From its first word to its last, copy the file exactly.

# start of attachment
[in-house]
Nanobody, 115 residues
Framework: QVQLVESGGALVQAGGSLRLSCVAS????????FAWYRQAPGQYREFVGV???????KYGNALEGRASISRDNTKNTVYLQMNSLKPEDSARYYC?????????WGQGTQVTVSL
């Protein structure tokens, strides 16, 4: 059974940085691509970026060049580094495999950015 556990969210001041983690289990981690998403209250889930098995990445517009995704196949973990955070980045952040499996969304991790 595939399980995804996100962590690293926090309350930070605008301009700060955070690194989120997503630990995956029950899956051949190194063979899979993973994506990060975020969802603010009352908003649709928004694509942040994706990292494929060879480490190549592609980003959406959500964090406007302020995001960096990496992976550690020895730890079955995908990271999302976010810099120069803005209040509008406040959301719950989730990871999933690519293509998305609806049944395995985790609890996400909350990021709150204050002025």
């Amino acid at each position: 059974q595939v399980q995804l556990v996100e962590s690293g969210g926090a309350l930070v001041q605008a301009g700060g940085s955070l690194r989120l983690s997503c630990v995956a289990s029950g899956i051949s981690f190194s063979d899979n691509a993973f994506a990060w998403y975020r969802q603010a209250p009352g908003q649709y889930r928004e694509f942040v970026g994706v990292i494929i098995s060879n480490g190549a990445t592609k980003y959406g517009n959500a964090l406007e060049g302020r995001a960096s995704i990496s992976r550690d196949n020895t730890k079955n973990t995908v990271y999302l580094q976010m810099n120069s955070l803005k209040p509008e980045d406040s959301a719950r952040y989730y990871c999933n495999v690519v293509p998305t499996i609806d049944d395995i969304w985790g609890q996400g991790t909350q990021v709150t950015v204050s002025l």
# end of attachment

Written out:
[in-house]
Nanobody, 115 residues
Framework: QVQLVESGGALVQAGGSLRLSCVAS????????FAWYRQAPGQYREFVGV???????KYGNALEGRASISRDNTKNTVYLQMNSLKPEDSARYYC?????????WGQGTQVTVSL
């Protein structure tokens, strides 16, 4: 059974940085691509970026060049580094495999950015 556990969210001041983690289990981690998403209250889930098995990445517009995704196949973990955070980045952040499996969304991790 595939399980995804996100962590690293926090309350930070605008301009700060955070690194989120997503630990995956029950899956051949190194063979899979993973994506990060975020969802603010009352908003649709928004694509942040994706990292494929060879480490190549592609980003959406959500964090406007302020995001960096990496992976550690020895730890079955995908990271999302976010810099120069803005209040509008406040959301719950989730990871999933690519293509998305609806049944395995985790609890996400909350990021709150204050002025």
């Amino acid at each position: 059974q595939v399980q995804l556990v996100e962590s690293g969210g926090a309350l930070v001041q605008a301009g700060g940085s955070l690194r989120l983690s997503c630990v995956a289990s029950g899956i051949s981690f190194s063979d899979n691509a993973f994506a990060w998403y975020r969802q603010a209250p009352g908003q649709y889930r928004e694509f942040v970026g994706v990292i494929i098995s060879n480490g190549a990445t592609k980003y959406g517009n959500a964090l406007e060049g302020r995001a960096s995704i990496s992976r550690d196949n020895t730890k079955n973990t995908v990271y999302l580094q976010m810099n120069s955070l803005k209040p509008e980045d406040s959301a719950r952040y989730y990871c999933n495999v690519v293509p998305t499996i609806d049944d395995i969304w985790g609890q996400g991790t909350q990021v709150t950015v204050s002025l």